Homeland Security is the biggest waste of taxpayer dollars since the creation of the Department of Education, and it is the biggest jump in federal powers since the creation of the DEA. We have a war on drugs and a war on travelers. Both the DEA and the DHS spend tens of billions of dollars a year, and both cause more problems than they solve.

NobodySpecialApril 6, 2011 5:05 PM

@Dan - " cost is always justified by being "safe."

Taking nose hair clippers off passengers $1Tn

Having a second air traffic controller in Washington in case one locks himself out of the tower - priceless

JayApril 6, 2011 6:59 PM

@HJohn: A one-in-a-million chance, taken a million times, will happen 63% of the time (assuming my Calc-fu is accurate). So that's one attempted attack every two to three days... do nail files count?

I know those numbers were just figures of speech, but perhaps we need some better figures of speech (one-in-a-quadrillion is a bit of a mouthful...)

KerryApril 7, 2011 1:44 AM

3,000 deaths every 10 years over a population of 300,000,000 people means a chance of death of 1 in 1,000,000 (per year--I think). I'm not worried. I can concern myself with more common ways to die.

BF SkinnerApril 7, 2011 6:57 AM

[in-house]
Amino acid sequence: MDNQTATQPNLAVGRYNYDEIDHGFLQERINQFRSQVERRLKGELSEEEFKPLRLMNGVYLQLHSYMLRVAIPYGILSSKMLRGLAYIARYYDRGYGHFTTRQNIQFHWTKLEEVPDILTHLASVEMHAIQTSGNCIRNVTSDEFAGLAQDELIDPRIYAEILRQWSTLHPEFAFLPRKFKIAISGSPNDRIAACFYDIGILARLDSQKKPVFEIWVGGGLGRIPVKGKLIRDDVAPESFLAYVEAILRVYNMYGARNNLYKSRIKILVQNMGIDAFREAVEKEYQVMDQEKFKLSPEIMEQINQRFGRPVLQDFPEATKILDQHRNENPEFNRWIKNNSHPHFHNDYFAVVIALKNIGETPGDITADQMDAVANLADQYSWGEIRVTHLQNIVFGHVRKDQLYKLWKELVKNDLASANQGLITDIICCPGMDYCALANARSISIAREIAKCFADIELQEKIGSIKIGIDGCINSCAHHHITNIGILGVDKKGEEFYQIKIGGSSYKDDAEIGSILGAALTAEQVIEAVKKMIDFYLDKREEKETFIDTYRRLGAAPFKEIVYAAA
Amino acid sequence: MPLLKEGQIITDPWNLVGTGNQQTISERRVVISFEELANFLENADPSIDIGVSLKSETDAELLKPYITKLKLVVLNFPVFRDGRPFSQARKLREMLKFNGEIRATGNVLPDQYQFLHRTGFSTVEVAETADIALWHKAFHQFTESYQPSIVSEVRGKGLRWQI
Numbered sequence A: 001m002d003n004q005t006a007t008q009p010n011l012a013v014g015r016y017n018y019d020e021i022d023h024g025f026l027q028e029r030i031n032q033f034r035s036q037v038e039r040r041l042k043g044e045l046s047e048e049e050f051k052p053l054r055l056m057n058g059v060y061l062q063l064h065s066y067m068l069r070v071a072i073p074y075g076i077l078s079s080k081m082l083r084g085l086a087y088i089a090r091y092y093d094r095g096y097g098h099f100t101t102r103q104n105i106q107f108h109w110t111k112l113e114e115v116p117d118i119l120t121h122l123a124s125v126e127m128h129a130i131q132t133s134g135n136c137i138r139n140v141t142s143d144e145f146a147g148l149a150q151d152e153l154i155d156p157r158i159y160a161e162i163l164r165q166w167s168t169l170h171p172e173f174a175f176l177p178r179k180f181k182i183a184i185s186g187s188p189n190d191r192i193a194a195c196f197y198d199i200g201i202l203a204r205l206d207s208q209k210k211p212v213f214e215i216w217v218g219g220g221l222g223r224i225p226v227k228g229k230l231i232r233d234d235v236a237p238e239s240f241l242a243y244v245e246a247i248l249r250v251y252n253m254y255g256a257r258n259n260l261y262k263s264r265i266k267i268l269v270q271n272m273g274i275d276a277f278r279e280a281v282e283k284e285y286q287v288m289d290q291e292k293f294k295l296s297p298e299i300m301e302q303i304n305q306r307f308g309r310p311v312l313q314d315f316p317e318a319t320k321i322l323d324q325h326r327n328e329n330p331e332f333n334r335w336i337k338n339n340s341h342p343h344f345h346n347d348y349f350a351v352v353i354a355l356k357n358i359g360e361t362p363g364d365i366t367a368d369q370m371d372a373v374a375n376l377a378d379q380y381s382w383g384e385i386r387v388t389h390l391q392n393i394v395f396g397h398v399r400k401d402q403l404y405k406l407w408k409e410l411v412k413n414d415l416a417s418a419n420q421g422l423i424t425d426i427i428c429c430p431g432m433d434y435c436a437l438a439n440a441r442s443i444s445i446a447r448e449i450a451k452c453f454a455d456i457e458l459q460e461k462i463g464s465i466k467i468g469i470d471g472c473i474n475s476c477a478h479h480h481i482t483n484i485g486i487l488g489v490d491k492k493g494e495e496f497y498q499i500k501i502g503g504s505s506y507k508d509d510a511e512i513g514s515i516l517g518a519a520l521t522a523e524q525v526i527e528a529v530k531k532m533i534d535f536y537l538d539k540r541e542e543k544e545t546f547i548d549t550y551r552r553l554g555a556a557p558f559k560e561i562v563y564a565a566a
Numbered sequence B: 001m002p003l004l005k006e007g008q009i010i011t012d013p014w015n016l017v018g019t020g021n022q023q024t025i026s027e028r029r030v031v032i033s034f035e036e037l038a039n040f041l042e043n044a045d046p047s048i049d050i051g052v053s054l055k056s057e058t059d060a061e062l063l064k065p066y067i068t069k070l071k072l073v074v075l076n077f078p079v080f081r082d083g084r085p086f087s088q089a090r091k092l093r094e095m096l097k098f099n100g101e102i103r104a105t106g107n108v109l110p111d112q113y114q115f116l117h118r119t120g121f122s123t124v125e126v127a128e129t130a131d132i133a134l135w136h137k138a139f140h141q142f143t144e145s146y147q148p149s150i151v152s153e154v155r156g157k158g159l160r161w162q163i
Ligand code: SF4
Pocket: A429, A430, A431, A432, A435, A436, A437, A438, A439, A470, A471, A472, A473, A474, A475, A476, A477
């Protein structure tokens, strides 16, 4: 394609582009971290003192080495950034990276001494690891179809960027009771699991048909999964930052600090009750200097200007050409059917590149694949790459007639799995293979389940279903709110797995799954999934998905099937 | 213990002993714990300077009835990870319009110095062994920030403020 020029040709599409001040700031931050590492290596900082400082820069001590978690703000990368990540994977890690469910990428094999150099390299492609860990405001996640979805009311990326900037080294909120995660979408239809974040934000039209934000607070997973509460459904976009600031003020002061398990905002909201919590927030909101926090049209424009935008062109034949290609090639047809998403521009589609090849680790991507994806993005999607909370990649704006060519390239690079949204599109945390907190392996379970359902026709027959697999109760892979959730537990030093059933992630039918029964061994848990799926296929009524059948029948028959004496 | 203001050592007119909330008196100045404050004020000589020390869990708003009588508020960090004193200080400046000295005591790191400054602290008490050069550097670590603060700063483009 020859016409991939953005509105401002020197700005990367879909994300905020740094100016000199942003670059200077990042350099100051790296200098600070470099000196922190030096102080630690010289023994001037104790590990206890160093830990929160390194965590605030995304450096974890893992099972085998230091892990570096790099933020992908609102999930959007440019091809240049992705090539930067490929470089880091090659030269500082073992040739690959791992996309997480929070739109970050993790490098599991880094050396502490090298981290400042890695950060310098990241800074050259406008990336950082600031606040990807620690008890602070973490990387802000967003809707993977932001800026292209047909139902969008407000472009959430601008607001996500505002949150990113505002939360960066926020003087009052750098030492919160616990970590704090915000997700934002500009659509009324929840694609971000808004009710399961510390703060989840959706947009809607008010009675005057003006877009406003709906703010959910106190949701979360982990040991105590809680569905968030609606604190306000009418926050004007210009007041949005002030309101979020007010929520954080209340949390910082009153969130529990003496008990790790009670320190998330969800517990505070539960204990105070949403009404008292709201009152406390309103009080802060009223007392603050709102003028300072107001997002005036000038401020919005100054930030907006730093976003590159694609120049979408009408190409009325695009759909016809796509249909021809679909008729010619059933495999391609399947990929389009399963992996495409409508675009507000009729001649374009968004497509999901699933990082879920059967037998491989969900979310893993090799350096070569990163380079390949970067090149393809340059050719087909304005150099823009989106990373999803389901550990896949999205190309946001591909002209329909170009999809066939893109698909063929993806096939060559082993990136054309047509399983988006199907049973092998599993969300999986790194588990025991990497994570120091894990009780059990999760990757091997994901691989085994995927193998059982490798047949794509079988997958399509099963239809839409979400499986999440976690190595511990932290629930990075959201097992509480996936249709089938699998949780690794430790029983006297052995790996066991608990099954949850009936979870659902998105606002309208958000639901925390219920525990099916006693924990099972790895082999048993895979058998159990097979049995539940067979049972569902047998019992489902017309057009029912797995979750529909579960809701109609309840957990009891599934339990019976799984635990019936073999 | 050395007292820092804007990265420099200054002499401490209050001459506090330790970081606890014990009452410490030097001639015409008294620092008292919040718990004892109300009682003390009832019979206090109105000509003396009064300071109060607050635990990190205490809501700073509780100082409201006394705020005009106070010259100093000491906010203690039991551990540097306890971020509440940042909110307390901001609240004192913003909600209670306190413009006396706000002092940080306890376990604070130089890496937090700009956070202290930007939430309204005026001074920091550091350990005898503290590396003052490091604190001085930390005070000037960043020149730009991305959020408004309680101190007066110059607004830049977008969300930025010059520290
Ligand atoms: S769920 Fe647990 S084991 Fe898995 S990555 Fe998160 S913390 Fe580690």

@HJohn "I think he was more playing a mind game with OBL, banishing him to the irrellevant,"

Then they really shouldn't have committed 'war on global terror-that-is-groups-who-use-terror-that-we-don't-agree-with-and-non-Islamic-based-terror-organizations.'

OBL wanted to engage with the US in combat in Afghanistan so he could win the same victory (he thinks) he won against the Soviets. Declaring war instead of treating them like the criminals they are is what legitimized him. America failing to make an end to OBL after declaring war fed his legend and did more for AL Queda recruiting than any of the terror acts they perpetrated.

Two mistakes. Declaring war, failing in ending the principal agent of that war. That's when Bush&Co started to denigrate the importance of OBL.

Harvey MacDonaldApril 7, 2011 7:21 AM

Am I missing something? Where are digital certificates in all of this? I agree that the trust model is inherently flawed, but...

Dirk PraetApril 7, 2011 7:48 AM

@HJohn